Part of the promise of personalized medicine is that patients will get treatments tailored to their specific genomic profile and situation. That is, of course, dependent upon physicians knowing to order such tests and being able to interpret the results in light of their patients' particular cases. And it's not clear that they do. A number of studies, including a 2011 Genetics in Medicine study from Baylor College of Medicine researchers, have reported that many physicians do not properly interpret genetic tests and their implications. Further, a survey of medical genetics course directors or deans published in Academic Medicine found that while most respondents taught medical genetics during the first year of med school, most of those courses — 86 percent — focused on general concepts rather than applications.
That's not to say efforts are not being made to educate physicians about genetics and genomics. They are. And in this month's cover story, which begins on page 24, Turna Ray discusses a number of initiatives — from medical school courses to vendor efforts — aimed at making physicians more comfortable applying genetic and genomic knowledge to their practices. However, Turna notes, there are other stumbling blocks, including reimbursement issues and a lack of time, that may also prevent doctors from implementing personalized medicine.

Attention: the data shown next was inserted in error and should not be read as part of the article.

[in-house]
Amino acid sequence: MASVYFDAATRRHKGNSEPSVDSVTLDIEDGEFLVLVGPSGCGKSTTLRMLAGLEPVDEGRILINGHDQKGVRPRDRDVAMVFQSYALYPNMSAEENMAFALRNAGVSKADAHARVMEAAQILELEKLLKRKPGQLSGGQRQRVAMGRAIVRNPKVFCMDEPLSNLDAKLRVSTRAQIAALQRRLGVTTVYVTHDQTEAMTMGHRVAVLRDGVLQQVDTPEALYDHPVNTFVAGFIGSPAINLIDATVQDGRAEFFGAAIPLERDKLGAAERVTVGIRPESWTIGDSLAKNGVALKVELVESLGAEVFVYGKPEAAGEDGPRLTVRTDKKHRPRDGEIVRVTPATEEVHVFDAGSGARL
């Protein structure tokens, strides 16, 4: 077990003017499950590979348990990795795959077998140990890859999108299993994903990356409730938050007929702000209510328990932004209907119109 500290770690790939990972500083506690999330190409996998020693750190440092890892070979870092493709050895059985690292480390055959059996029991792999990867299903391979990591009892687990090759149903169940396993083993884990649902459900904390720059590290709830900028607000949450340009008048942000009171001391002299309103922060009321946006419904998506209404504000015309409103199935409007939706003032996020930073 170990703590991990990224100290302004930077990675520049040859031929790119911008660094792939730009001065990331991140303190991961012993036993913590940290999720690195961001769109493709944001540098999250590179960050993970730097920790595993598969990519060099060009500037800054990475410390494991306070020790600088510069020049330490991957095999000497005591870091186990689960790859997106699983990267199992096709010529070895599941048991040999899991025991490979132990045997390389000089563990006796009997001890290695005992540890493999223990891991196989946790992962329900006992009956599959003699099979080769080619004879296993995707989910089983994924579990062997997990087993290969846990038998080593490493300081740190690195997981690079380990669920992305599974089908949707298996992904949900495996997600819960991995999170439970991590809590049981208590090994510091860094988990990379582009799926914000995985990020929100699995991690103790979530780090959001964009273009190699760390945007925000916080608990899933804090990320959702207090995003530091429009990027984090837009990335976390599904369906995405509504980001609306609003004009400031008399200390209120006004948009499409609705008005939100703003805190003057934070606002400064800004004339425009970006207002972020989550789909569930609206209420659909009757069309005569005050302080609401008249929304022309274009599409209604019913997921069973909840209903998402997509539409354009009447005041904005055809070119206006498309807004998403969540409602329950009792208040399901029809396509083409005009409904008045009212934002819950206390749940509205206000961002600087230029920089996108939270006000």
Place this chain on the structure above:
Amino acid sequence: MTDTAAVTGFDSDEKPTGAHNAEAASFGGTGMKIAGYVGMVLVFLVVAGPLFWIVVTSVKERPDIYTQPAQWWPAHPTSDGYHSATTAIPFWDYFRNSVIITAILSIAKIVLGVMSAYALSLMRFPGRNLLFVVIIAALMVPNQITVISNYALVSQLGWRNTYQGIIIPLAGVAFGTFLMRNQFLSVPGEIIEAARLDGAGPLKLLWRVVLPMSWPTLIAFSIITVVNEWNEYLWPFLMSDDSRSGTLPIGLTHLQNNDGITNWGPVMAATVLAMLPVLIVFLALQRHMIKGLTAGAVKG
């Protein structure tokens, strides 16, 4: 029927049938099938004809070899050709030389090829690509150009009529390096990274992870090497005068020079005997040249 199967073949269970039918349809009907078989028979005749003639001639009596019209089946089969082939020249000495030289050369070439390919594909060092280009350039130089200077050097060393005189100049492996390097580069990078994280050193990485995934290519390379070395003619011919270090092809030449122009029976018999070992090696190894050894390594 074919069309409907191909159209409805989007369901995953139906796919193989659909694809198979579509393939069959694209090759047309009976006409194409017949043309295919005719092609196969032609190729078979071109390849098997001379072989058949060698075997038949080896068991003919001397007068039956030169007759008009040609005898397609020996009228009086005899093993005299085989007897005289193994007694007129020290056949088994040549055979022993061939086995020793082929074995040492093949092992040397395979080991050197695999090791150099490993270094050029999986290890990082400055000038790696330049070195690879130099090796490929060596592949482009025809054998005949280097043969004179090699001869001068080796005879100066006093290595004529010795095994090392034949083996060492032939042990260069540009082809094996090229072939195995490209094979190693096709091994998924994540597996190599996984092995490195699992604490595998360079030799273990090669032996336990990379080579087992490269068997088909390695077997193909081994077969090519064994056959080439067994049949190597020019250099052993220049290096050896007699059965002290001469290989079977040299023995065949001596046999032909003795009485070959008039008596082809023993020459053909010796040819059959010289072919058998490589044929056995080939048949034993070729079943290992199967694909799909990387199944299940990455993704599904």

Elsewhere in this month's issue, Andrea Anderson takes a look at recent work taking advantage of sequencing advances to characterize a number of microbial communities. Cheaper sequencers and more refined techniques are allowing researchers to not only study the microbes living in and on the human body, but also ones living in soil and in home and hospital environments.
And for this month's Q&A, Matt Jones speaks with the National Human Genome Research Institute's Ben Berkman, who recently published a paper discussing the ethical questions raised by prenatal whole-genome sequencing. Berkman tells Matt that thought needs to be put into how such testing is adopted.